January 06, 2012

The Flowers of War- Landmark Sunshine

Mike: On Friday, December 23rd, I went to the Landmark Sunshine on Houston St. to catch an afternoon screening of The Flowers of War, the latest epic from Zhang Yimou set against the backdrop of the Rape of Nanjing, and China's official entry for the Best Foreign Language Film Academy Award. It played at the Sunshine for a week to also qualify for Best Picture and other awards. It opened a week earlier in China, where it has become an absolute smash, already grossing over $80 million. It returns to US theaters soon, presumably.
As I entered the Sunshine, I felt as if Chinatown had shifted five blocks North. The lobby was filled with Chinese people, all waiting to get in to see The Flowers of War. Once in the auditorium, I think I was the only white guy there. I was surprised. To be honest, I was expecting a quarter-full room of in-the-know movie fans, like when I went to see Rampart there a few weeks before. When I bought my afternoon ticket, I noticed that the evening screening was sold out, which is pretty impressive considering the one week engagement was barely advertised. I wasn't aware then that the film was already such a big deal in China, so in retrospect it's no surprise that a lot of people from nearby Chinatown came out in full force. The crowd was courteous and quiet - the show went down without incident, but that's usually how things go at the Sunshine.
Christian Bale stars, adding some Western starpower and broadening its international appeal. While the film is China's Best Foreign Language submission, I wonder how much of the film is actually in Chinese (and Japanese, Mandarin... I think there were a few languages spoken). To me it seemed like it was about 60% English. I'm surprised it qualified.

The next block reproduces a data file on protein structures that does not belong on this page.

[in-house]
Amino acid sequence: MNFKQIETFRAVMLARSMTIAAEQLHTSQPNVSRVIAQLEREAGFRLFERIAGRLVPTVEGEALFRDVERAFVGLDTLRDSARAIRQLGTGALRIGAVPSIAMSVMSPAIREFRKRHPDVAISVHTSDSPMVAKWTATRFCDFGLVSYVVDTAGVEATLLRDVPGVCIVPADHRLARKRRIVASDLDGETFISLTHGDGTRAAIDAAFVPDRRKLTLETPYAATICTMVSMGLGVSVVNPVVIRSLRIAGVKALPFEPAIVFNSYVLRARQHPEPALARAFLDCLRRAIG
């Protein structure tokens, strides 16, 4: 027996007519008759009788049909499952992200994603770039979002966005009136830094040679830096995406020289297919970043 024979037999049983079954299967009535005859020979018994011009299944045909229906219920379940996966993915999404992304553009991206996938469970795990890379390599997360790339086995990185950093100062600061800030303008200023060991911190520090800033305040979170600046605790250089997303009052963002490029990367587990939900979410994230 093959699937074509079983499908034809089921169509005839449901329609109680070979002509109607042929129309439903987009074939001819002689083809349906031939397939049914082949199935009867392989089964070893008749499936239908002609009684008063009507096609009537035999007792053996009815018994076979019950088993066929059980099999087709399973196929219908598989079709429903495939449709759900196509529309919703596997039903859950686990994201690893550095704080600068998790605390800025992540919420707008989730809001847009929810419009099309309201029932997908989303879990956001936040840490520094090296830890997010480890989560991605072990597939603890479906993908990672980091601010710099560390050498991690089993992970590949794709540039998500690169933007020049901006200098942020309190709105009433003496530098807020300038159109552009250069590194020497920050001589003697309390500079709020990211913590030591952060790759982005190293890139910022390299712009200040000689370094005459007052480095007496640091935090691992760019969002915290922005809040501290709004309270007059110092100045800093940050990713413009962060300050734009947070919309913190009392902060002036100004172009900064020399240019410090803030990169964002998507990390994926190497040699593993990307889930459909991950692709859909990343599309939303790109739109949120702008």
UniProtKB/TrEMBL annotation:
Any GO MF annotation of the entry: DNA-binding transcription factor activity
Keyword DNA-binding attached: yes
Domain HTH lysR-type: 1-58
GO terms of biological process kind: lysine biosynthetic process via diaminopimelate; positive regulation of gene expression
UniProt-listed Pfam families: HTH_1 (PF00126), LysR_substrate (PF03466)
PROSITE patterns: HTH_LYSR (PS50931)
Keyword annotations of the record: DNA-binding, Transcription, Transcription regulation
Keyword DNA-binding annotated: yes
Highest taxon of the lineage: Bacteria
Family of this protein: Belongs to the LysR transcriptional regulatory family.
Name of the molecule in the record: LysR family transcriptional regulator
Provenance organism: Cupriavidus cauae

The film is an admirable effort - a big budget, a big action star, a handful of battle scenes... very ambitious, and I think it will be a very satisfying film to many audiences. To me, it was enjoyable and interesting, but ultimately a letdown. It's a tad too long and way too sentimental. If War Horse or Extremely Loud and Incredibly Close was too hokey or schmaltzy for your tastes, steer clear. Christian Bale's character, a scoundrel mortician pretending to be a priest after trying to loot a church, has a handful of Brett Farve-like breakdowns that are out of place in an unsubtle attempt to add some tearjerking to the film. Bale has a strong leading man quality, but it's not exactly a great performance from him.

The always excellent Paul Schneider appears in the film for less than a minute, practically reduced to a cameo. I wonder if his role was initially more substantial. Oh, there's also a musical number too. A laughingly bad, embarrassing, and totally out of place musical number.


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